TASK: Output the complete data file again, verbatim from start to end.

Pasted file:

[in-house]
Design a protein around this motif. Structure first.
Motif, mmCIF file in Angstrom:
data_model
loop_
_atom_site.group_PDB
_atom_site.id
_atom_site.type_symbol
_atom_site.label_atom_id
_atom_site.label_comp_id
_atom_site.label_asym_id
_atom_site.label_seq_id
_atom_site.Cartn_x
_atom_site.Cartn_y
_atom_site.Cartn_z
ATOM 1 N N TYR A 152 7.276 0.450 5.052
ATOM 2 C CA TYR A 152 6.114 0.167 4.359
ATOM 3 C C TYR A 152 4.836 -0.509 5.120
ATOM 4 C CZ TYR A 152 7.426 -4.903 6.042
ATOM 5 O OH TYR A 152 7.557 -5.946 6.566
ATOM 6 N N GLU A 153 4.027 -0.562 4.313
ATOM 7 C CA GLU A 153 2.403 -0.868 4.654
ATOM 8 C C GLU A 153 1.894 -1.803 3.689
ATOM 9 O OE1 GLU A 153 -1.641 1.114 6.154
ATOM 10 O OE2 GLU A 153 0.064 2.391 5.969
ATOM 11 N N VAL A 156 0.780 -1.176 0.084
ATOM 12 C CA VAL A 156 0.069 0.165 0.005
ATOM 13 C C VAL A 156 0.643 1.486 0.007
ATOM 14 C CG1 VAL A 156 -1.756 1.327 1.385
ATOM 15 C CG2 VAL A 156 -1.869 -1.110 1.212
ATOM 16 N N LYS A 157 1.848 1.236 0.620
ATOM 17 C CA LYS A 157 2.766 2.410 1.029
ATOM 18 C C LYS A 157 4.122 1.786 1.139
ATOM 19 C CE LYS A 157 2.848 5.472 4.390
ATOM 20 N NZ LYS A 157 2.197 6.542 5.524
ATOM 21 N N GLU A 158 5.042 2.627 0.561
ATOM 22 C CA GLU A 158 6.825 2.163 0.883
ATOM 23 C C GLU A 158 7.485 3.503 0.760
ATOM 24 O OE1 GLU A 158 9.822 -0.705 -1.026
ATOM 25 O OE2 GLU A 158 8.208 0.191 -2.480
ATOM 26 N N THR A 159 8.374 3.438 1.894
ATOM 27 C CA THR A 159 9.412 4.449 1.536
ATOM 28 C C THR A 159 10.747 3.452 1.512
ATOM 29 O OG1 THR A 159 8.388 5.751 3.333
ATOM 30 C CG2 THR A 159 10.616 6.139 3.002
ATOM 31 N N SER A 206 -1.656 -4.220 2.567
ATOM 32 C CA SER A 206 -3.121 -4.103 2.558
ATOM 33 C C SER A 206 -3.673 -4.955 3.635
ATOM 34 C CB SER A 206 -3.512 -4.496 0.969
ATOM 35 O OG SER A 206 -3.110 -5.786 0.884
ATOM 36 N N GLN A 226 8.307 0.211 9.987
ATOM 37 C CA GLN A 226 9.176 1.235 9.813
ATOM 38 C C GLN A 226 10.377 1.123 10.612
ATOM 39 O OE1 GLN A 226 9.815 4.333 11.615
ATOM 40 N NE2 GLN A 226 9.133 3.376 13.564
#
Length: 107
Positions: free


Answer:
[in-house]
Design a protein around this motif. Structure first.
Motif, mmCIF file in Angstrom:
data_model
loop_
_atom_site.group_PDB
_atom_site.id
_atom_site.type_symbol
_atom_site.label_atom_id
_atom_site.label_comp_id
_atom_site.label_asym_id
_atom_site.label_seq_id
_atom_site.Cartn_x
_atom_site.Cartn_y
_atom_site.Cartn_z
ATOM 1 N N TYR A 152 7.276 0.450 5.052
ATOM 2 C CA TYR A 152 6.114 0.167 4.359
ATOM 3 C C TYR A 152 4.836 -0.509 5.120
ATOM 4 C CZ TYR A 152 7.426 -4.903 6.042
ATOM 5 O OH TYR A 152 7.557 -5.946 6.566
ATOM 6 N N GLU A 153 4.027 -0.562 4.313
ATOM 7 C CA GLU A 153 2.403 -0.868 4.654
ATOM 8 C C GLU A 153 1.894 -1.803 3.689
ATOM 9 O OE1 GLU A 153 -1.641 1.114 6.154
ATOM 10 O OE2 GLU A 153 0.064 2.391 5.969
ATOM 11 N N VAL A 156 0.780 -1.176 0.084
ATOM 12 C CA VAL A 156 0.069 0.165 0.005
ATOM 13 C C VAL A 156 0.643 1.486 0.007
ATOM 14 C CG1 VAL A 156 -1.756 1.327 1.385
ATOM 15 C CG2 VAL A 156 -1.869 -1.110 1.212
ATOM 16 N N LYS A 157 1.848 1.236 0.620
ATOM 17 C CA LYS A 157 2.766 2.410 1.029
ATOM 18 C C LYS A 157 4.122 1.786 1.139
ATOM 19 C CE LYS A 157 2.848 5.472 4.390
ATOM 20 N NZ LYS A 157 2.197 6.542 5.524
ATOM 21 N N GLU A 158 5.042 2.627 0.561
ATOM 22 C CA GLU A 158 6.825 2.163 0.883
ATOM 23 C C GLU A 158 7.485 3.503 0.760
ATOM 24 O OE1 GLU A 158 9.822 -0.705 -1.026
ATOM 25 O OE2 GLU A 158 8.208 0.191 -2.480
ATOM 26 N N THR A 159 8.374 3.438 1.894
ATOM 27 C CA THR A 159 9.412 4.449 1.536
ATOM 28 C C THR A 159 10.747 3.452 1.512
ATOM 29 O OG1 THR A 159 8.388 5.751 3.333
ATOM 30 C CG2 THR A 159 10.616 6.139 3.002
ATOM 31 N N SER A 206 -1.656 -4.220 2.567
ATOM 32 C CA SER A 206 -3.121 -4.103 2.558
ATOM 33 C C SER A 206 -3.673 -4.955 3.635
ATOM 34 C CB SER A 206 -3.512 -4.496 0.969
ATOM 35 O OG SER A 206 -3.110 -5.786 0.884
ATOM 36 N N GLN A 226 8.307 0.211 9.987
ATOM 37 C CA GLN A 226 9.176 1.235 9.813
ATOM 38 C C GLN A 226 10.377 1.123 10.612
ATOM 39 O OE1 GLN A 226 9.815 4.333 11.615
ATOM 40 N NE2 GLN A 226 9.133 3.376 13.564
#
Length: 107
Positions: free